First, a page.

Screeching Squirrels

Charles Wikner WIKNER at NACDH4.NAC.AC.ZA
Mon Mar 30 04:00:43 CST 1998

On Wed, 25 Mar 1998, Jonathan Bricklin wrote:

> The experience of free will can only be swept away by grace.

True.  Until then, the experience itself can be understood and
weakened, in order to avail oneself of that everpresent grace.

> When I say I don't believe in free will

This is where the confusion arises: terminology and semantics.

> I am saying something akin to "I believe in
> God."  This is not the same as saying I am experiencing a union with God.

No problem with that.

> On the other hand, to assert a belief in free will is to deny God's
> reality, as Ramakrishna was getting at in what I quoted.

The problem is seeing them as contradictory (and contrasting apples
with oranges doesn't help: *belief* in free will vs. *reality* of God).
Religions see no problem: you are free to love God (or go to hell),
because compulsory love (or surrender) is a contradiction in terms.

To acknowledge the experience of free will in no way denies God's
reality: to affirm the apparent reality of free will is not to
assert its absolute reality; similarly, to affirm the apparent
reality of Jonathan is not to assert his absolute reality.

> As for the perils of disbelief in free will, I think I am handicapped
> in my understanding by being an American.

Free will implies choice: that which claims to be the chooser is the ego.
Therefore denial of (apparent) free will is denial of the (experiential)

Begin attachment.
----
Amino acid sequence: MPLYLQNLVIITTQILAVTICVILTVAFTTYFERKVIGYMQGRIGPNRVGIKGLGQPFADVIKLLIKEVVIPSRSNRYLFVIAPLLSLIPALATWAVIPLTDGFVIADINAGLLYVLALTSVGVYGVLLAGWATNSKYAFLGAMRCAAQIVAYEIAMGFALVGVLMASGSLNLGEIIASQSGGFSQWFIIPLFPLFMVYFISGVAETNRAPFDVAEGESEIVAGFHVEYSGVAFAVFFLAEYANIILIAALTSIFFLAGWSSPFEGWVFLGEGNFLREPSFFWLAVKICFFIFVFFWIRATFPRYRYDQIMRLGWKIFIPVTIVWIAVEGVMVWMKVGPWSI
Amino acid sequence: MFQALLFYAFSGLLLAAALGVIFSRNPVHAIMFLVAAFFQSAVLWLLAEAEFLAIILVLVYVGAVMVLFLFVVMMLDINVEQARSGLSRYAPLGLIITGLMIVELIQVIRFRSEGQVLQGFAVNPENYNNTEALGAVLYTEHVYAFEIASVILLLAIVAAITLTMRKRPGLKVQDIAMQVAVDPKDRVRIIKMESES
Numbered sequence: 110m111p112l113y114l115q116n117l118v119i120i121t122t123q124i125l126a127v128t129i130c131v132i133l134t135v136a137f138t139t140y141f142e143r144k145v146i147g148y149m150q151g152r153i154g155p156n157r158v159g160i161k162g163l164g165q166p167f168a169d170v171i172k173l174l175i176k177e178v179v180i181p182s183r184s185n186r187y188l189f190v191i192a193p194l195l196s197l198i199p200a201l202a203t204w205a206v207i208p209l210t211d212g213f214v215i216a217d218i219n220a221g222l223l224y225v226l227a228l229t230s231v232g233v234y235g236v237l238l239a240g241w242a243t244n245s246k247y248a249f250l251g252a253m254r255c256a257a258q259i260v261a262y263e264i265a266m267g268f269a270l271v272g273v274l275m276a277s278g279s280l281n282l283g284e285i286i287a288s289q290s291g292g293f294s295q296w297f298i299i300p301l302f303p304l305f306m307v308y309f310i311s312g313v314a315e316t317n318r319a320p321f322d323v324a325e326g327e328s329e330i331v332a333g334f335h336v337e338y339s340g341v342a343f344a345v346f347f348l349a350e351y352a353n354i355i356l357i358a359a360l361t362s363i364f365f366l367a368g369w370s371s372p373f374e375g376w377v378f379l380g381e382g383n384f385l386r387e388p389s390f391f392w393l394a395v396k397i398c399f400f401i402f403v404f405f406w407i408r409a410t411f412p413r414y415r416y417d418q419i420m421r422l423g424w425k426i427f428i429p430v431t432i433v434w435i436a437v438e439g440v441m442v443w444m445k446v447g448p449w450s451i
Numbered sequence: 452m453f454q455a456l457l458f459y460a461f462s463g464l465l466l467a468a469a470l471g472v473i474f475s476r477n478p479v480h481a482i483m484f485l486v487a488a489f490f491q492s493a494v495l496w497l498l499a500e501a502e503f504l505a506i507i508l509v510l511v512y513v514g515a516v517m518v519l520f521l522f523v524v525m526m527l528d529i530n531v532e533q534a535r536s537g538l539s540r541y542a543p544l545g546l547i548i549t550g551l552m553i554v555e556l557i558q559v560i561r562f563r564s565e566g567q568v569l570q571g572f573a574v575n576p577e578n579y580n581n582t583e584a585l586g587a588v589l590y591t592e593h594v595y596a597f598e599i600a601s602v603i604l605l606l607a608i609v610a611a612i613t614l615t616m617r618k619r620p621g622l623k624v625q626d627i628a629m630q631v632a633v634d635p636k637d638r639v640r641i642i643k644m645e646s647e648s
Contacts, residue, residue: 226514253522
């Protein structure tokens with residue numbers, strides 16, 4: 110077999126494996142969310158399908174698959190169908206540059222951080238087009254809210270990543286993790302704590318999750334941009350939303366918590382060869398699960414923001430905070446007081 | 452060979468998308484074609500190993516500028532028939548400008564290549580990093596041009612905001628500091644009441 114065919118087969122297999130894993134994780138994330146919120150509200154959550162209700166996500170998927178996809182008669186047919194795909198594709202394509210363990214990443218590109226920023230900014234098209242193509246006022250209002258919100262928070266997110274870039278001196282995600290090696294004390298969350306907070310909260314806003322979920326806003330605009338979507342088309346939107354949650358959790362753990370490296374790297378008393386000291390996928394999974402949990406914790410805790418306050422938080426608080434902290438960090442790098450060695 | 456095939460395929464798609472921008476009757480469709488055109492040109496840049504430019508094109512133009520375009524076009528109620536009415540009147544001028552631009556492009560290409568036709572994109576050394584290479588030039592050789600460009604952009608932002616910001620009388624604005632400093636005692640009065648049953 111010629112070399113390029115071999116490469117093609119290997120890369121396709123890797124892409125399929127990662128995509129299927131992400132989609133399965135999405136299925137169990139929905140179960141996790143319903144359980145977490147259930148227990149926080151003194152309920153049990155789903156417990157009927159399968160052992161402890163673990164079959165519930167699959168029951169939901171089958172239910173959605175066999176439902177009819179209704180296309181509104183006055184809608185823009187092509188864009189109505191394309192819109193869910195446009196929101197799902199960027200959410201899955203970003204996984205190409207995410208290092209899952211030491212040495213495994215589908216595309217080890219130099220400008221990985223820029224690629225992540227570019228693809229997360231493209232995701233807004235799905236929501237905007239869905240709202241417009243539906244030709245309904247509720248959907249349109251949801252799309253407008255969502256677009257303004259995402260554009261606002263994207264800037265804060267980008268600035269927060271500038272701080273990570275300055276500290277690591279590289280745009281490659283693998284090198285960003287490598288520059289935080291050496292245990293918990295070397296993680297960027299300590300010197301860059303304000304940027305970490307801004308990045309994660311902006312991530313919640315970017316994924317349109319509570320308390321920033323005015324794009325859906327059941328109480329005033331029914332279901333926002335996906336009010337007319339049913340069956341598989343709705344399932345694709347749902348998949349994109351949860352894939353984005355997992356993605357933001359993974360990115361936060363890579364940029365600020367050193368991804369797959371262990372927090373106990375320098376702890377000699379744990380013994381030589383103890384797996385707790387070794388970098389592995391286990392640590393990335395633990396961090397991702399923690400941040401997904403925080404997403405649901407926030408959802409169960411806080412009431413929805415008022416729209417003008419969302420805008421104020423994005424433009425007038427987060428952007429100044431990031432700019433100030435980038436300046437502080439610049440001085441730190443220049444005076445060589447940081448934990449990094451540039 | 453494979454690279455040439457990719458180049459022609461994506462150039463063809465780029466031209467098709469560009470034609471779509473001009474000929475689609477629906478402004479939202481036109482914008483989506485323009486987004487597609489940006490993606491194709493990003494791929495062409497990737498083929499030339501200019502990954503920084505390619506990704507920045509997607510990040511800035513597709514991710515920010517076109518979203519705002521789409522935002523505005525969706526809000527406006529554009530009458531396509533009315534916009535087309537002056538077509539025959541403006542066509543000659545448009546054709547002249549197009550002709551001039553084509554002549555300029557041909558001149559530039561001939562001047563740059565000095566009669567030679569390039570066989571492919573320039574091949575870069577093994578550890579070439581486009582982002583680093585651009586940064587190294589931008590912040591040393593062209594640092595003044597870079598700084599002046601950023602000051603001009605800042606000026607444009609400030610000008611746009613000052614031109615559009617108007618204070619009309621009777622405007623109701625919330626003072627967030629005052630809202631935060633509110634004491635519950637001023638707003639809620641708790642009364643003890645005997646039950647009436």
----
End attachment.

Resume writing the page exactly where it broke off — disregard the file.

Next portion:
existence of the ego: what is the agent of that denial?  The ego denying
itself leads to confusion.

> We have an excess of belief in free
> will here, and all the excesses of belief in self that go with it.

Americans are indeed presented with very wide range of choice: so
the chooser does get rather a lot of practice!  You can appreciate
why so many want to migrate to America -- it is heaven on earth for
the ego.  But there is a positive side: when you realise that heaven
is actually hell (chains of gold are as much chains as those of iron),
then there is motivation to seek a way out of the prison.

> A weaker "I" sounds like a good start.

Yes, indeed.  Then the question arises: how is it weakened?
Will mere denial do it, or is some other method necessary?

Some thoughts on free will:

Let's say that I am offered a cup of coffee: I have the choice
to accept it or not.  (I could ask for a glass of water, or snap
"Don't interrupt me!" but let's keep it simple.)  Assume that
the circumstances are not of my making, in other words the offer
of refreshment -- in fact the opportunity to choose -- is simply
presented.  The act of choosing is generally experienced as an
act of free will.

The choice is in fact quite mechanical (i.e. from habit), but
nonetheless the ego feels that it has been consulted and labels
this mechanical action as its free will.  How this arises is
straightforward: the ego identifies with the habit ("I am a
coffee-drinker") and experiences the act of choosing as an